Fourth COVID-19 shot approved for over-30s

Fourth COVID-19 shot approved for over-30s

Photo courtesy of Daniel Schludi (Unsplash).

An additional 7.4 million Australians will be entitled to receive another COVID-19 booster from next week after the Federal Government accepted recommendations from the Australian Technical Advisory Group on Immunisation (ATAGI) to expand the eligibility for a fourth shot to over 30s.

The updated guidance follows an increase in the number of people falling ill from respiratory virus infections, including COVID-19, over the past few months, placing an increased strain on the Australian healthcare system, particularly hospitals.

A contributing factor to the upsurge of COVID-19 cases comes from the SARS-CoV-2 Omicron BA.4 and BA.5 subvariants, which ATAGI says can partly escape the immune response generated by both prior vaccination and infection, with numbers expected to worsen over the coming months.

A first booster dose of the COVID-19 vaccine has been shown to increase the immune response to these new subvariants but wanes over several weeks; however, a winter dose (the second booster dose) is anticipated to boost this immune response.

“We are in the early stages of a third Omicron wave, and our Government is absolutely committed to making sure as many people as possible are protected with the vaccine,” the Minister for Health and Aged Care Mark Butler said.

“My message to everyone living in Australia aged 50 and over is to make sure you have the greatest protection against COVID-19 by having a fourth dose as soon as possible. If you are aged 30 to 49, and you want that extra protection, you can choose to get a fourth dose.

“The vaccine experts on the Australian Technical Advisory Group on immunisation have recommended it – and the Government has accepted this advice.”

ATAGI emphasised that people previously eligible for a winter booster dose remain at higher risk of severe disease and death from COVID-19 and should look to receive the booster dose as soon as possible; these include:

  • all adults aged 65 years or older
  • residents of aged care or disability care facilities
  • Aboriginal and Torres Strait Islander people aged 50 years or older
  • people who are severely immunocompromised (this will be their fifth dose)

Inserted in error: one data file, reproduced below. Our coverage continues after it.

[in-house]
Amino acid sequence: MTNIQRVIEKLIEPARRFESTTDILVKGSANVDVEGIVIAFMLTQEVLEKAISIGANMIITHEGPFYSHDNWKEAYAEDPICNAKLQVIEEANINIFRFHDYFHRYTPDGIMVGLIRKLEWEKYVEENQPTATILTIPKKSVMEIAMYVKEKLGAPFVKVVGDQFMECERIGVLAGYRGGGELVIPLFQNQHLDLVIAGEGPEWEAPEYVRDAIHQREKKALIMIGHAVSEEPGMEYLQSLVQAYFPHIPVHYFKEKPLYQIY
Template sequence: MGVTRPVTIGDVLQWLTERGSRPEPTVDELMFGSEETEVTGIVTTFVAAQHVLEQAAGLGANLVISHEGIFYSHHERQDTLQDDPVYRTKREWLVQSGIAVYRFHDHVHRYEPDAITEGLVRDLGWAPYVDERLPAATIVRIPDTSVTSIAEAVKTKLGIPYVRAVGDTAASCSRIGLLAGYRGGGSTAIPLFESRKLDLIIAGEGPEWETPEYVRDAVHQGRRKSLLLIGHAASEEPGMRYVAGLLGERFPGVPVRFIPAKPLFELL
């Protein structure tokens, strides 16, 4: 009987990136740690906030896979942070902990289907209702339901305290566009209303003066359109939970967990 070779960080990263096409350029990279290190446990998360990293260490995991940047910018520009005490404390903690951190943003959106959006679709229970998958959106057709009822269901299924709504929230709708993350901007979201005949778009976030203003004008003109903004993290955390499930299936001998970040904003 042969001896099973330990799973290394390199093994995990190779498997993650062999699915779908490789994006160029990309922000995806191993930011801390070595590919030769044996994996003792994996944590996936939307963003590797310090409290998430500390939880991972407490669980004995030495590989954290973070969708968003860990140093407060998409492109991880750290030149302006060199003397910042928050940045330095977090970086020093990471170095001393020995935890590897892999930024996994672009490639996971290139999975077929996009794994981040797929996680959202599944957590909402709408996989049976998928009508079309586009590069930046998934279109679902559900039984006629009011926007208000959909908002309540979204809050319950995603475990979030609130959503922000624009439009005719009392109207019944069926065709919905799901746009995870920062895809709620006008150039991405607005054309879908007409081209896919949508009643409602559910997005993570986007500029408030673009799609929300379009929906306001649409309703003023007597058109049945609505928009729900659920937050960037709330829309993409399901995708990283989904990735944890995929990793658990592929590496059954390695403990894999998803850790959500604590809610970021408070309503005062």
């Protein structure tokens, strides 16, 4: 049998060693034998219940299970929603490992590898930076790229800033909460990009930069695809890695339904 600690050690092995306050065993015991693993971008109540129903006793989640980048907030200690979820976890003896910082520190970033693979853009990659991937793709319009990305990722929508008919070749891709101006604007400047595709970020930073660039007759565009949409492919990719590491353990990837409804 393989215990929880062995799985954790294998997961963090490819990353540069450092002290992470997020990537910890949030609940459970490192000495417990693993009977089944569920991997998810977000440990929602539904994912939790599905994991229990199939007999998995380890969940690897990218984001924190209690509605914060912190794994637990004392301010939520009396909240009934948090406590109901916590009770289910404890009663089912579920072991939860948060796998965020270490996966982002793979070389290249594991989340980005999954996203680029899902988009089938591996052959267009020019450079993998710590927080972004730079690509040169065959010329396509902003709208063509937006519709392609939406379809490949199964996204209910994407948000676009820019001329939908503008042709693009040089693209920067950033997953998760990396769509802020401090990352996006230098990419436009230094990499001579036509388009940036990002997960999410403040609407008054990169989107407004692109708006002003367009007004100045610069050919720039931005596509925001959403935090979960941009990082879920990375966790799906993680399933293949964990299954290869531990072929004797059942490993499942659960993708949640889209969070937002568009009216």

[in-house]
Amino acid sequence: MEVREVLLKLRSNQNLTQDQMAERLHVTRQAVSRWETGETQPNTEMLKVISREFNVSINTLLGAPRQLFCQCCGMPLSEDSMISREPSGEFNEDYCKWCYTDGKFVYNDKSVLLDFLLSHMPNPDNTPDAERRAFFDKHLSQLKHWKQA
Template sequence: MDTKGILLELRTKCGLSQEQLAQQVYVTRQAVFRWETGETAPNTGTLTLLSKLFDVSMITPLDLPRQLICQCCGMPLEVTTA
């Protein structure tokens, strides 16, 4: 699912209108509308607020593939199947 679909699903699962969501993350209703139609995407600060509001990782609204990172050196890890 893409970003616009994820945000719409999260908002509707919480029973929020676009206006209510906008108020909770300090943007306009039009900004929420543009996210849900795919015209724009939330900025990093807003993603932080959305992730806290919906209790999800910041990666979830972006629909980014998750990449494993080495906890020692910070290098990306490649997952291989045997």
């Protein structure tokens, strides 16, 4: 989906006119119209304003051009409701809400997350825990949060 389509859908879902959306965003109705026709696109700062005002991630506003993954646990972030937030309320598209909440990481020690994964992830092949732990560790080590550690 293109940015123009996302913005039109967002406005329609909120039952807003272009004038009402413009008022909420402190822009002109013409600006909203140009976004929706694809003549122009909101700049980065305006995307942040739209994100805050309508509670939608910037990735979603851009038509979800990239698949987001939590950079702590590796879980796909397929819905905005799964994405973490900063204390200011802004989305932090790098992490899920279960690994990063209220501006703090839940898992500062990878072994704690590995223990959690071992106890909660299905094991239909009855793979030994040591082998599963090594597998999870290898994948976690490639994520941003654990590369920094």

• people aged 16 years or older with a medical condition that increases the risk of severe COVID-19 illness
  • people aged 16 years or older with a disability, significant or complex health needs, or multiple comorbidities, which increase the risk of a poor outcome.

Adults aged between 50 to 64 years old are now recommended to receive a COVID-19 winter booster dose. Those aged between 30 to 49 are also now eligible, although the benefit for people in this group is less certain.

There was no support for making the fourth dose available to healthy adults under the age of 30 as it was not clear whether the benefits outweighed the risks in this population group.

ATAGI has also recommended that the interval between vaccine doses, or prior infection (whichever comes later), be reduced from four months to three months to provide earlier additional protection.

Individuals who have previously been infected with SARS-CoV-2, irrespective of which variant it may have been, should continue to receive recommended vaccine doses after three months, as prior infection alone will not provide sufficient protection against severe disease.

Vaccination, in addition to infection, as compared with prior infection alone, currently offers the best available protection against reinfection.

ATAGI acknowledges that increasing the uptake of fourth doses in the most at-risk population groups is anticipated to play a limited but important role in taking pressure off Australia’s health care system by reducing the risk of severe outcomes in individuals.

The group advises that other public health and social measures, in addition to vaccination, will have the most significant impact against the surge in Omicron BA.4 and BA.5 infections.  

This includes increased use of masks and expanding the use of antiviral treatment in people diagnosed with COVID-19, including those aged 50 years and above.

“My other message is that oral antiviral treatments can be life-saving for older people or people with chronic health conditions who are at higher risk of severe illness from COVID-19,” Butler added.

“It is vital a person starts the five-day oral treatment course as soon as possible after symptoms first appear.

“If you are at higher risk of severe illness, plan ahead. Speak to your doctor now about oral antiviral treatment for COVID-19.”

Almost 14 million people in Australia aged 16 and over have received three or more doses of the COVID-19 vaccine.

However, take-up of the vaccine's first and winter booster doses are considered suboptimal according to ATAGI, with only 70.6 per cent and 59.5 per cent of the respective eligible populations having completed initial doses.

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